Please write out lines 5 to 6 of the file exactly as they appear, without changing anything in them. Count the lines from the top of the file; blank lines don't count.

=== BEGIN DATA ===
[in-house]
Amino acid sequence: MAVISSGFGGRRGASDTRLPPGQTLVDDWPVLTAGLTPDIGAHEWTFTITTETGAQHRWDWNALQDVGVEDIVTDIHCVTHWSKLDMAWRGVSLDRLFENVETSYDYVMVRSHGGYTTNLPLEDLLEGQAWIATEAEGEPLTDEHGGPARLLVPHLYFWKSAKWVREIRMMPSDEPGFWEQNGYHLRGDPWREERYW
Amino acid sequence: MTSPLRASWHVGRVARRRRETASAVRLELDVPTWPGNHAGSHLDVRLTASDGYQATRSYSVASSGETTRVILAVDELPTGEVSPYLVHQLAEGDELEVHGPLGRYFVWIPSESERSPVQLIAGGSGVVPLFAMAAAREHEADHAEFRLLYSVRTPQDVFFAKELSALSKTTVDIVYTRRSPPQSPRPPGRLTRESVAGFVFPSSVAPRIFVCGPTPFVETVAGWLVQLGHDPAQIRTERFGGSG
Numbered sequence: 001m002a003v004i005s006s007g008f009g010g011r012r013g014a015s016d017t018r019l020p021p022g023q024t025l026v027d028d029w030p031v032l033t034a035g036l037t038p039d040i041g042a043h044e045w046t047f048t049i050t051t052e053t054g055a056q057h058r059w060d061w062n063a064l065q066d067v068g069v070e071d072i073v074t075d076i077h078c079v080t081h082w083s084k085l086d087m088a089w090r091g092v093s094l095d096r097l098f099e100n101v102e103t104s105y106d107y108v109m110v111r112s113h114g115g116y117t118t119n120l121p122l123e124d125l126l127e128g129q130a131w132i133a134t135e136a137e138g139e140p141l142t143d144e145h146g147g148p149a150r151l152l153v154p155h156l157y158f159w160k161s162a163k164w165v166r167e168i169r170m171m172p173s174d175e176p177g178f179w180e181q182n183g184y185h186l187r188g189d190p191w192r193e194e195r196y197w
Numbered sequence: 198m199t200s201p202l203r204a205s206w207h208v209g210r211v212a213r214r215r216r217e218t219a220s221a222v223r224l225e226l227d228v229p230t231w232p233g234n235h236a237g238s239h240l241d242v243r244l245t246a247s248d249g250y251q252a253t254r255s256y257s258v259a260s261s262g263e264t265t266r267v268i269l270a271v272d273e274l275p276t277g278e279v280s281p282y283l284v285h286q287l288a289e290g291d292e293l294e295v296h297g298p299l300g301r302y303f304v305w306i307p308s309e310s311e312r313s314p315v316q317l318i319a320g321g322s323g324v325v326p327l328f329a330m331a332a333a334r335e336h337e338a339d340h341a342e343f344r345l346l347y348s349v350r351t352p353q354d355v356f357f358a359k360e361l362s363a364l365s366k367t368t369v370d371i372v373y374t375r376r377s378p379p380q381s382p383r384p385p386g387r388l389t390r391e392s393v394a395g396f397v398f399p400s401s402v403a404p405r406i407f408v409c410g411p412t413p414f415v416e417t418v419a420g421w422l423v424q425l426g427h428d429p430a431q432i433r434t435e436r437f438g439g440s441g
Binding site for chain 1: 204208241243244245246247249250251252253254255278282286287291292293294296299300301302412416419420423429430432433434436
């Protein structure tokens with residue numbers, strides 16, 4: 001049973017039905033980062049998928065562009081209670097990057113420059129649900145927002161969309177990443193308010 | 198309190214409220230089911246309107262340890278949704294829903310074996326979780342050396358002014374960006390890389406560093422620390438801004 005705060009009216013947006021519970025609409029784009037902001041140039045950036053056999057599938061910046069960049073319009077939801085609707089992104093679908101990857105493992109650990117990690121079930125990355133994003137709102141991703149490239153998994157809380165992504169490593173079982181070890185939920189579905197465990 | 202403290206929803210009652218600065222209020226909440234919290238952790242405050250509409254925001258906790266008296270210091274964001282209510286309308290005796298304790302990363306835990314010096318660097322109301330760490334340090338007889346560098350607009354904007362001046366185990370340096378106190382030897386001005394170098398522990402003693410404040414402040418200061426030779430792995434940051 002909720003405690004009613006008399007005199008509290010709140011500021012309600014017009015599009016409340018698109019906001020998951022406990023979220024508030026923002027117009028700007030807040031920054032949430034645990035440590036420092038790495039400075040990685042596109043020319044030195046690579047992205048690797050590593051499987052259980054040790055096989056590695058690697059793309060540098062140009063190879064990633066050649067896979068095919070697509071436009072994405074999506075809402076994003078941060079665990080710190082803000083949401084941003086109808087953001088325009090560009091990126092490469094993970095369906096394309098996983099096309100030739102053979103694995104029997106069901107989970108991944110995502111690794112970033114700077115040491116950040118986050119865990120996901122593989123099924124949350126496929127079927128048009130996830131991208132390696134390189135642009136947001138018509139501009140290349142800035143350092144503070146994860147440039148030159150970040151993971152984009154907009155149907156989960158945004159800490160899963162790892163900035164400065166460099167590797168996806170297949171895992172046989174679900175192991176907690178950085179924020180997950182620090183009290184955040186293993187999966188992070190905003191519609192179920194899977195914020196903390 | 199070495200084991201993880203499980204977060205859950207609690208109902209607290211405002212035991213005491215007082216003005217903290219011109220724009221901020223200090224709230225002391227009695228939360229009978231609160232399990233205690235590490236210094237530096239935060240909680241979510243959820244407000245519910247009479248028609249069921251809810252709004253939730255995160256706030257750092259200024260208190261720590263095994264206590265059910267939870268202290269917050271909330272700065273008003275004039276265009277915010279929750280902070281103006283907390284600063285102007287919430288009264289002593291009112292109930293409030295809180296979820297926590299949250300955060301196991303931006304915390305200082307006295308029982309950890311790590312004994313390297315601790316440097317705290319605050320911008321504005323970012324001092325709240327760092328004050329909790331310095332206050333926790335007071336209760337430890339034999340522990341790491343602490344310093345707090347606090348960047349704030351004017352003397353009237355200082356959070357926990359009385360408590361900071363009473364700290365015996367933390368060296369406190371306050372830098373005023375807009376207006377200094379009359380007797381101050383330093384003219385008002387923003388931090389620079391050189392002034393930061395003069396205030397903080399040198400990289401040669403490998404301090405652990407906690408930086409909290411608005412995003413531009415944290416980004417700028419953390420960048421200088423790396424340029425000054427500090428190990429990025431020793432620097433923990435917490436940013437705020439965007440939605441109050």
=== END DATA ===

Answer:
Numbered sequence: 198m199t200s201p202l203r204a205s206w207h208v209g210r211v212a213r214r215r216r217e218t219a220s221a222v223r224l225e226l227d228v229p230t231w232p233g234n235h236a237g238s239h240l241d242v243r244l245t246a247s248d249g250y251q252a253t254r255s256y257s258v259a260s261s262g263e264t265t266r267v268i269l270a271v272d273e274l275p276t277g278e279v280s281p282y283l284v285h286q287l288a289e290g291d292e293l294e295v296h297g298p299l300g301r302y303f304v305w306i307p308s309e310s311e312r313s314p315v316q317l318i319a320g321g322s323g324v325v326p327l328f329a330m331a332a333a334r335e336h337e338a339d340h341a342e343f344r345l346l347y348s349v350r351t352p353q354d355v356f357f358a359k360e361l362s363a364l365s366k367t368t369v370d371i372v373y374t375r376r377s378p379p380q381s382p383r384p385p386g387r388l389t390r391e392s393v394a395g396f397v398f399p400s401s402v403a404p405r406i407f408v409c410g411p412t413p414f415v416e417t418v419a420g421w422l423v424q425l426g427h428d429p430a431q432i433r434t435e436r437f438g439g440s441g
Binding site for chain 1: 204208241243244245246247249250251252253254255278282286287291292293294296299300301302412416419420423429430432433434436